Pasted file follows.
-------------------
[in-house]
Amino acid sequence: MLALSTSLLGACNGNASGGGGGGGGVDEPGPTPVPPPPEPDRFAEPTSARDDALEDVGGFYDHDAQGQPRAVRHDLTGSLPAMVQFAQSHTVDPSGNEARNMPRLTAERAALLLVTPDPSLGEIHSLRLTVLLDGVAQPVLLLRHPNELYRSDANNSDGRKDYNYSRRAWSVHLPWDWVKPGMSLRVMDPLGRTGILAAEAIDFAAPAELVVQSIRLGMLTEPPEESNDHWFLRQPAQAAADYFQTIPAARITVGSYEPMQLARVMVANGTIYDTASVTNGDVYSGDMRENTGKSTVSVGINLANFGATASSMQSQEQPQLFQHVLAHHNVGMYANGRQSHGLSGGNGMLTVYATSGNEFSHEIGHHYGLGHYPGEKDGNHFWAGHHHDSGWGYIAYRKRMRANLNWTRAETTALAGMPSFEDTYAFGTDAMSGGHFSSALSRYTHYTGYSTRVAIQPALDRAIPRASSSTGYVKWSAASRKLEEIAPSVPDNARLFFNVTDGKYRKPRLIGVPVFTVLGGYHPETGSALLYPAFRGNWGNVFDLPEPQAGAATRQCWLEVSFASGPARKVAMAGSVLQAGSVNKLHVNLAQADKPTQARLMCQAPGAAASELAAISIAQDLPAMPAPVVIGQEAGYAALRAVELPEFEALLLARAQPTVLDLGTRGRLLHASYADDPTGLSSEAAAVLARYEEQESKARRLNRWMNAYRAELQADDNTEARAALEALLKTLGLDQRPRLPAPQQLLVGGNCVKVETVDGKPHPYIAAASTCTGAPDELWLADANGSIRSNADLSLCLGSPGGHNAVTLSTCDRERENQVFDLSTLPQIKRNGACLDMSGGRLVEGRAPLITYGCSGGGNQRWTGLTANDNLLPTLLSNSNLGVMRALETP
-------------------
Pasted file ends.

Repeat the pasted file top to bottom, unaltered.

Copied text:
[in-house]
Amino acid sequence: MLALSTSLLGACNGNASGGGGGGGGVDEPGPTPVPPPPEPDRFAEPTSARDDALEDVGGFYDHDAQGQPRAVRHDLTGSLPAMVQFAQSHTVDPSGNEARNMPRLTAERAALLLVTPDPSLGEIHSLRLTVLLDGVAQPVLLLRHPNELYRSDANNSDGRKDYNYSRRAWSVHLPWDWVKPGMSLRVMDPLGRTGILAAEAIDFAAPAELVVQSIRLGMLTEPPEESNDHWFLRQPAQAAADYFQTIPAARITVGSYEPMQLARVMVANGTIYDTASVTNGDVYSGDMRENTGKSTVSVGINLANFGATASSMQSQEQPQLFQHVLAHHNVGMYANGRQSHGLSGGNGMLTVYATSGNEFSHEIGHHYGLGHYPGEKDGNHFWAGHHHDSGWGYIAYRKRMRANLNWTRAETTALAGMPSFEDTYAFGTDAMSGGHFSSALSRYTHYTGYSTRVAIQPALDRAIPRASSSTGYVKWSAASRKLEEIAPSVPDNARLFFNVTDGKYRKPRLIGVPVFTVLGGYHPETGSALLYPAFRGNWGNVFDLPEPQAGAATRQCWLEVSFASGPARKVAMAGSVLQAGSVNKLHVNLAQADKPTQARLMCQAPGAAASELAAISIAQDLPAMPAPVVIGQEAGYAALRAVELPEFEALLLARAQPTVLDLGTRGRLLHASYADDPTGLSSEAAAVLARYEEQESKARRLNRWMNAYRAELQADDNTEARAALEALLKTLGLDQRPRLPAPQQLLVGGNCVKVETVDGKPHPYIAAASTCTGAPDELWLADANGSIRSNADLSLCLGSPGGHNAVTLSTCDRERENQVFDLSTLPQIKRNGACLDMSGGRLVEGRAPLITYGCSGGGNQRWTGLTANDNLLPTLLSNSNLGVMRALETP